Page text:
Then when the trap is sprung, what kept the Klingons from taking matters into their own hands and attacking the Romulans? After all, Klingons have an innate hatred of Romulans. The Klingons were downgraded literally into tools.
It's one of those scenes where I don't care if it makes sense or not, it's just too cool not to enjoy. TNG is allowed some of those type of scenes every now and then.
Well even if they weren't best buds, the Federation and Klingons had been at peace for awhile by that point (they even had an officer exchange program, for god's sake), so I can see them coming to the other's aid when needed.
Plus I imagine the Klingons didn't need much convincing anyway to fly into the Neutral Zone and join in a possible war against the Romulans. They live for that stuff.
I have to say though, as good as the Defector is, it now seems painfully obvious from the outset that he was just being set up. Once you see how the Warbird was hanging back from the scout ship, you have a hard time buying pretty much anything the guy says.
Ok, this caught my eye while watching "Sarek" just now. Check out the woman's uniform behind Data. It's like some odd hybrid of the older and newer uniforms. It's got the collar of the newer ones, but also has the red stripe on the shoulders like the older ones. Hmm...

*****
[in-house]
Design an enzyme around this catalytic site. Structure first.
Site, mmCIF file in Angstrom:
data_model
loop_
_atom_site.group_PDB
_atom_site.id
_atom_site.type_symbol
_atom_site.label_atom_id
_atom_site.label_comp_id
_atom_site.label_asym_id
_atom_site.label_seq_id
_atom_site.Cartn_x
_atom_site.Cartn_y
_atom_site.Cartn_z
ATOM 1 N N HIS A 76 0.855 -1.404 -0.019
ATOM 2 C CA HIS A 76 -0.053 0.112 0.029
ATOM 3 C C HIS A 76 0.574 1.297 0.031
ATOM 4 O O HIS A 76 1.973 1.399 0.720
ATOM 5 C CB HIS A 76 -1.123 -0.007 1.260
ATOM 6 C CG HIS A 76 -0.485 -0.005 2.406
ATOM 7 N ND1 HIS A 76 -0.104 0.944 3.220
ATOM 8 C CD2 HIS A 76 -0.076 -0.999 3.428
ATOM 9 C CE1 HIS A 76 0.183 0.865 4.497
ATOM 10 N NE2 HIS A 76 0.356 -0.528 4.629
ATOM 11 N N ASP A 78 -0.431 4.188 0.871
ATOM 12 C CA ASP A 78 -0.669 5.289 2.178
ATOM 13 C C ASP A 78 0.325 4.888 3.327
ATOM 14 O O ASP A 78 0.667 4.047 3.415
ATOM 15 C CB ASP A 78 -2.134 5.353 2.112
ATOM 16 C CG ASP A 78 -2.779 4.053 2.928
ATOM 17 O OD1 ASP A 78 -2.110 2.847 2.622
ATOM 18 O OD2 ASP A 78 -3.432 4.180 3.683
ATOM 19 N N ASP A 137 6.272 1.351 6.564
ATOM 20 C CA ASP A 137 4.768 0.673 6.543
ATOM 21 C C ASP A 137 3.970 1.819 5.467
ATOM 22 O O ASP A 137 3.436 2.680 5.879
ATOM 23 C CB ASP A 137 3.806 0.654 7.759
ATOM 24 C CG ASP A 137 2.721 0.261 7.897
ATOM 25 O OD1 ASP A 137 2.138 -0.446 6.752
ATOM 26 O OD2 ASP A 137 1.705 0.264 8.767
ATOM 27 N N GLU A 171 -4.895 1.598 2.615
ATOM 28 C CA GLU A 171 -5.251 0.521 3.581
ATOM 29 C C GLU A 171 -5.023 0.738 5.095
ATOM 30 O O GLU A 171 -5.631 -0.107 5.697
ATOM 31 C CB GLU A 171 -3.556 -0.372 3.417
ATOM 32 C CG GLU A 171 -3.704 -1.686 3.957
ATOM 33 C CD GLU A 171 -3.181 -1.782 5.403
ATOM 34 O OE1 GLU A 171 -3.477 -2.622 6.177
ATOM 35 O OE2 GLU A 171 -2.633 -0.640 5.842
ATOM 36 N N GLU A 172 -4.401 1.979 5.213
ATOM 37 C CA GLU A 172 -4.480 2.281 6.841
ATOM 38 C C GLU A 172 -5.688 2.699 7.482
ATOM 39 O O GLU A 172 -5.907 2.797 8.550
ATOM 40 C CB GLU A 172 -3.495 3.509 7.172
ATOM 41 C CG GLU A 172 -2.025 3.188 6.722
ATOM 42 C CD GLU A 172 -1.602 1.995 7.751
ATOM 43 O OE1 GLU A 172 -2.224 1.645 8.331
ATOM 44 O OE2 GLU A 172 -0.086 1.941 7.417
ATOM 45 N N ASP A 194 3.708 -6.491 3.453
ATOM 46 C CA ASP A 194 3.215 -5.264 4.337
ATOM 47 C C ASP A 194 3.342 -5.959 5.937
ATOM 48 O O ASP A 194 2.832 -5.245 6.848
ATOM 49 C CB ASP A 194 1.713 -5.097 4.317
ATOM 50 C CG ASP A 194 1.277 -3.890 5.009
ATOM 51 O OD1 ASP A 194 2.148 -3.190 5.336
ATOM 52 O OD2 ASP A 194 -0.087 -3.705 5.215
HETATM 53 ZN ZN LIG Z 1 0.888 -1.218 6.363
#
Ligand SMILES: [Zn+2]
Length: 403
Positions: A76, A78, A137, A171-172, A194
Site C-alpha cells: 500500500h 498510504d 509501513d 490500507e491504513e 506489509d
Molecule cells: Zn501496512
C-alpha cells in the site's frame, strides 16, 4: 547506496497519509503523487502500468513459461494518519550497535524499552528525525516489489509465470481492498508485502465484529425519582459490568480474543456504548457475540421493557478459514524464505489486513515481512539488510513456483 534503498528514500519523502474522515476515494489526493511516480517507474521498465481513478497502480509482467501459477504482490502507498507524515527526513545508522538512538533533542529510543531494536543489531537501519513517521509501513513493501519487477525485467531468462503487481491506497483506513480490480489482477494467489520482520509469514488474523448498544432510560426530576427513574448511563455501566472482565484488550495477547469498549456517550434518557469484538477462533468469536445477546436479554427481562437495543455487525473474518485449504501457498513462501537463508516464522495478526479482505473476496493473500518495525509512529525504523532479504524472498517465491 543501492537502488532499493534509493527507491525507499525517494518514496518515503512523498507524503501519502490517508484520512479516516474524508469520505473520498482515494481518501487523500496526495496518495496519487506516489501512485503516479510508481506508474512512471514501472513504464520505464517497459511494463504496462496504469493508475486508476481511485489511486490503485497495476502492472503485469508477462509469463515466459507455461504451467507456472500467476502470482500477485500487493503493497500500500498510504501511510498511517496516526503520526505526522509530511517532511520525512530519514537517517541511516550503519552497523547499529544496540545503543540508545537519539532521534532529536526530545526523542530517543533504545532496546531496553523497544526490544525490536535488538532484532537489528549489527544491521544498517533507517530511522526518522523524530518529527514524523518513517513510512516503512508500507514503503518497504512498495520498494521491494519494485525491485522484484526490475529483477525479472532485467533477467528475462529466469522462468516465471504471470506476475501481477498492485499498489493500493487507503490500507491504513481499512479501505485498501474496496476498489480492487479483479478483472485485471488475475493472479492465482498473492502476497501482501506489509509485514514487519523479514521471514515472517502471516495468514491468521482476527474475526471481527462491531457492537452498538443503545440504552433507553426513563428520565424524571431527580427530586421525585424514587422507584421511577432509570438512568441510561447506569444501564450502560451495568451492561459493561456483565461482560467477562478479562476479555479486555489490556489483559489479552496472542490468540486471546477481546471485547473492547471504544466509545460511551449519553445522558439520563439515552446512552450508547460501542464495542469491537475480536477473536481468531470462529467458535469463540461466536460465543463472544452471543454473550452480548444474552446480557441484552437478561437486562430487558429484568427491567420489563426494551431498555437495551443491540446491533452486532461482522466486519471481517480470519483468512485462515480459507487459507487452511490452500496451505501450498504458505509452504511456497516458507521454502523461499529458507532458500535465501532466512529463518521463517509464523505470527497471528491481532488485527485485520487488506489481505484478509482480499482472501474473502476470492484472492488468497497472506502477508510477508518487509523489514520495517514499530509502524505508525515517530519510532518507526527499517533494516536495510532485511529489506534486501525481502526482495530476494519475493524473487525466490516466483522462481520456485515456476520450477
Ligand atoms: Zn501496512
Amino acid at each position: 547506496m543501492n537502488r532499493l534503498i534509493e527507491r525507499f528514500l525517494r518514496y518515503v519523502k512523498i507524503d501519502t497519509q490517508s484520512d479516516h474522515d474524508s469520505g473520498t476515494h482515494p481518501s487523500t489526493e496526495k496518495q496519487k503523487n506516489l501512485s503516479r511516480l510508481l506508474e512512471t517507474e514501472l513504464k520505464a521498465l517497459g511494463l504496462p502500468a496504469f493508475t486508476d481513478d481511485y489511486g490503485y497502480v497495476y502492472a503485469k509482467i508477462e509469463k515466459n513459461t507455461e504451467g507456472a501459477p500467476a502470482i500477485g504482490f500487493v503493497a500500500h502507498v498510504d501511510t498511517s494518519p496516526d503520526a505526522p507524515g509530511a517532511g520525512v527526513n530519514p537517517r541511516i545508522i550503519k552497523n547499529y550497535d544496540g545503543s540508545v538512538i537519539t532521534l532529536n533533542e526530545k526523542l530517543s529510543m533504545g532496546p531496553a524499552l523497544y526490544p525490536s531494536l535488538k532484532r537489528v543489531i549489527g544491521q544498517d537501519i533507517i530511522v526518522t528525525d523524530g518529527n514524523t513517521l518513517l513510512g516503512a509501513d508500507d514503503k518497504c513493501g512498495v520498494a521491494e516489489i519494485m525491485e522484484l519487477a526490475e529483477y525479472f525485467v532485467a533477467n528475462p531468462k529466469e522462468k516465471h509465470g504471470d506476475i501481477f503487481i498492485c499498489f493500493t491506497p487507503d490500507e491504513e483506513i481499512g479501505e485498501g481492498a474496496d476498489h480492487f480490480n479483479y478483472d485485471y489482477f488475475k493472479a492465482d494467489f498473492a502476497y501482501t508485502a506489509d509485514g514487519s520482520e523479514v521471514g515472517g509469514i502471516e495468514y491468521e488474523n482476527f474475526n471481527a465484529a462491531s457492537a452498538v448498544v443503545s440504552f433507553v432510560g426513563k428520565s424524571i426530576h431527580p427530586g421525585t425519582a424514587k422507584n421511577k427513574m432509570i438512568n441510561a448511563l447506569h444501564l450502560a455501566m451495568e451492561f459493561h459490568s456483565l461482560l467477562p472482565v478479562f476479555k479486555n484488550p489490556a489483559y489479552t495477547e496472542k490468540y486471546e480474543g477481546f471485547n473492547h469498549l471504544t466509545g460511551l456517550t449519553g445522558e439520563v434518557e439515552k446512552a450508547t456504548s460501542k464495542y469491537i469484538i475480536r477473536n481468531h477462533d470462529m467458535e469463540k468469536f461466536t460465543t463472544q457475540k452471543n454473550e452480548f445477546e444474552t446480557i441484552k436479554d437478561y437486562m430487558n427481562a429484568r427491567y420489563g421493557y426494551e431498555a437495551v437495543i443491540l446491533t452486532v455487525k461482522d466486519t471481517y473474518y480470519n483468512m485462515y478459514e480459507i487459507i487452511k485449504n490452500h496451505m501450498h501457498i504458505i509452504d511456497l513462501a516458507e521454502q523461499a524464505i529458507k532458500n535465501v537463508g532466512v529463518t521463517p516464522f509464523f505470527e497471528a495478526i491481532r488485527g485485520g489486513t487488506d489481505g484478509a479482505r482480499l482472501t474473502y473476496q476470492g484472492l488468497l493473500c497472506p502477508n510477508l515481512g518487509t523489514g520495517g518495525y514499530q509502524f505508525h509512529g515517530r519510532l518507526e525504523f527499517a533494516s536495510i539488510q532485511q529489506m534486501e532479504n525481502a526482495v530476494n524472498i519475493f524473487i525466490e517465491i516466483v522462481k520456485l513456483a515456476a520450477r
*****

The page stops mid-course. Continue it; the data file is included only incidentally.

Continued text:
(Sorry for the crappy quality, can't take Blu-ray screencaps)
I always understood during TNG that the Federation and Klingons were Allies, as also stated by Gowron/Sisko BEFORE the war with the Kardies (Season 4 DS9).
So it makes sense that the Klingons would help.
The Federation and Klingon Empire were established as allies in "Heart of Glory".
Over the years they seemed to scavenge whatever they could from older uniforms. There's also another variant, one with the newer collar style but with the zip still running down the front instead of the back. I can't remember how often it shows up, but one definite example of it is Sam Lavelle's uniform.
Watched the 'Writers Room' extra last night, absolutely loved it. Despite the turmoil at the time, and the pressure that they seemed to be under they all seemed to have genuine affection for the series, and each other. TBH, I probably enjoyed this doc even more than the cast reunion last season.
Must admit, I'm loving the VAM on these sets. As if the vastly improved PQ and AQ wasn't reason enough to buy, these extras are superb.
Production design folks next isn't it? Can't wait to see what will be coming on the Seasons 5-7 sets.
Chances are that uniform is a test version made by the costume department while coming up with the new uniforms, and it got reused for extra because hey, who's ever going to be able to see it in any detail? You'd need some kind of super high-definition TV and VHS tape to see that.